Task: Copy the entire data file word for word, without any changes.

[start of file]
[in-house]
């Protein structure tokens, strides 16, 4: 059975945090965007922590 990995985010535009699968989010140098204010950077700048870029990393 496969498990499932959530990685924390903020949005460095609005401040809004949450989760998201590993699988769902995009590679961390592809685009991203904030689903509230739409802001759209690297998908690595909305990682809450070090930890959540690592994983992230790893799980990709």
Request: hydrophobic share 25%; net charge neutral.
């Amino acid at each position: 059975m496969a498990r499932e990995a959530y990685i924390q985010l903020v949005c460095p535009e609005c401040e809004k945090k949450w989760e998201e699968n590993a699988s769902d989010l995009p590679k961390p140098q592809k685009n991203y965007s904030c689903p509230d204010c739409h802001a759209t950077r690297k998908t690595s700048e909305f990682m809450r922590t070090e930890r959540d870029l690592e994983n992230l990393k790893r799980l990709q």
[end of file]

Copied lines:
[in-house]
């Protein structure tokens, strides 16, 4: 059975945090965007922590 990995985010535009699968989010140098204010950077700048870029990393 496969498990499932959530990685924390903020949005460095609005401040809004949450989760998201590993699988769902995009590679961390592809685009991203904030689903509230739409802001759209690297998908690595909305990682809450070090930890959540690592994983992230790893799980990709």
Request: hydrophobic share 25%; net charge neutral.
């Amino acid at each position: 059975m496969a498990r499932e990995a959530y990685i924390q985010l903020v949005c460095p535009e609005c401040e809004k945090k949450w989760e998201e699968n590993a699988s769902d989010l995009p590679k961390p140098q592809k685009n991203y965007s904030c689903p509230d204010c739409h802001a759209t950077r690297k998908t690595s700048e909305f990682m809450r922590t070090e930890r959540d870029l690592e994983n992230l990393k790893r799980l990709q």